The first problem with Marshall is that it’s called Marshall, leading an audience to expect a biopic about the heroic civil rights lawyer. But it’s less a profile of Thurgood Marshall than the story of a single case Marshall assisted on in 1940. In fact, it was written by a Connecticut personal injury lawyer, Michael Koskoff, who seems to have been inspired by his adult screenwriter children (Macbeth screenwriter Jacob, who gets co-writing credit on Marshall, and writer/actress Sarah Koskoff) to write a movie about a famous case from his home state in which Marshall acted as assistant counsel. Only somewhere along the line, it feels like someone realized that a case where Thurgood Marshall was a footnote wouldn’t sell nearly as well as a long overdue Thurgood Marshall biopic. So they packaged it as a biopic, but it doesn’t quite fit. Knowing this going in will explain a lot, like “Why is the movie ‘Marshall‘ about a case where Josh Gad does all the talking?”
Having been conceived by a lawyer, Marshall feels designed to present the case that Thurgood Marshall was a great man, without letting too much nuance cloud the issue. Depth, complexity, moral gradations — these are dangerous notions in a story you’re presenting before a fickle jury. Marshall takes the same approach. Better to leave out the challenging stuff and stick with the good and the evil, the black and the white, the Josh and the Gad, lest the audience… I don’t know, think too hard and pull a hammy? All of which makes Marshall a snappy watch for a middle school classroom, but sort of remedial and disappointing for anyone expecting more.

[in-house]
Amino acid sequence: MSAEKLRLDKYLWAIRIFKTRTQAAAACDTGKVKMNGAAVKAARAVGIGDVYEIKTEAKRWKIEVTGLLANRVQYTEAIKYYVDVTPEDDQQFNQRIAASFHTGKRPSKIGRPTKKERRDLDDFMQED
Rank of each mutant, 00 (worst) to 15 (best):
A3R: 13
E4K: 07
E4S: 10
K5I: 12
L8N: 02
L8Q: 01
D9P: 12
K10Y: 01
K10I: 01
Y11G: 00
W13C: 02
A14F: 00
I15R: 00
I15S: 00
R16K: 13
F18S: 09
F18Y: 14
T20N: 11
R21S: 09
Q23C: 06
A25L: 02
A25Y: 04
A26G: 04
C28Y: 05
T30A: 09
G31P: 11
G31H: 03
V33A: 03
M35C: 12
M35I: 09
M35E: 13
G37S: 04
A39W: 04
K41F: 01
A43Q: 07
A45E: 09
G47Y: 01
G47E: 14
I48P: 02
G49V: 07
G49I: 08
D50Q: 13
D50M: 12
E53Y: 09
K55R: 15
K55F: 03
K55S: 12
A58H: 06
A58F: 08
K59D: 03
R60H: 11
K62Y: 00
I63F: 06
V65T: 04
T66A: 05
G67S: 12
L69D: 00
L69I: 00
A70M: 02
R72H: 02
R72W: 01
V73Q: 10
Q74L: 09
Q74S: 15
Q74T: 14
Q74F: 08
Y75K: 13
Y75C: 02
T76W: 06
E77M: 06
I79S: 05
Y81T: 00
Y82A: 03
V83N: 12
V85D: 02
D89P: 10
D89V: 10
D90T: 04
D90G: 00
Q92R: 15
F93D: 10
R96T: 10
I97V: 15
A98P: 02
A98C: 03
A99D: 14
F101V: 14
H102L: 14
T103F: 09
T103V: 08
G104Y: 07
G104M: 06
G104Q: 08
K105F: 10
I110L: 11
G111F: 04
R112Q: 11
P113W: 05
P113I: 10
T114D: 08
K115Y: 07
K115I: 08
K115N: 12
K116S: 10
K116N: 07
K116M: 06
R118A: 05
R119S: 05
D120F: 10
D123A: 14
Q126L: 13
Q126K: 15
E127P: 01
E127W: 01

The film, directed by Reginald Hudlin (House Party, The Great White Hype) depicts the defense of Joseph Spell (Sterling K. Brown), a black chauffeur accused of raping his white employer, Bridgeport, Connecticut socialite Eleanor Strubing (Kate Hudson). As the movie depicts it, the cocksure Marshall (played by Chadwick Boseman, who seems to specialize in playing black icons like Jackie Robinson and James Brown) breezes into town expecting to defend Spell himself, while local attorney (and, unlike Marshall, member of the Connecticut bar) Sam Friedman (Josh Gad) makes the whole thing legit by acting as silent co-counsel. Only the judge (James Cromwell) drops a bombshell on the first day of the trial: Marshall won’t be allowed to speak in the courtroom, only to assist Friedman. The movie presents this as a shocking decision by a racist judge.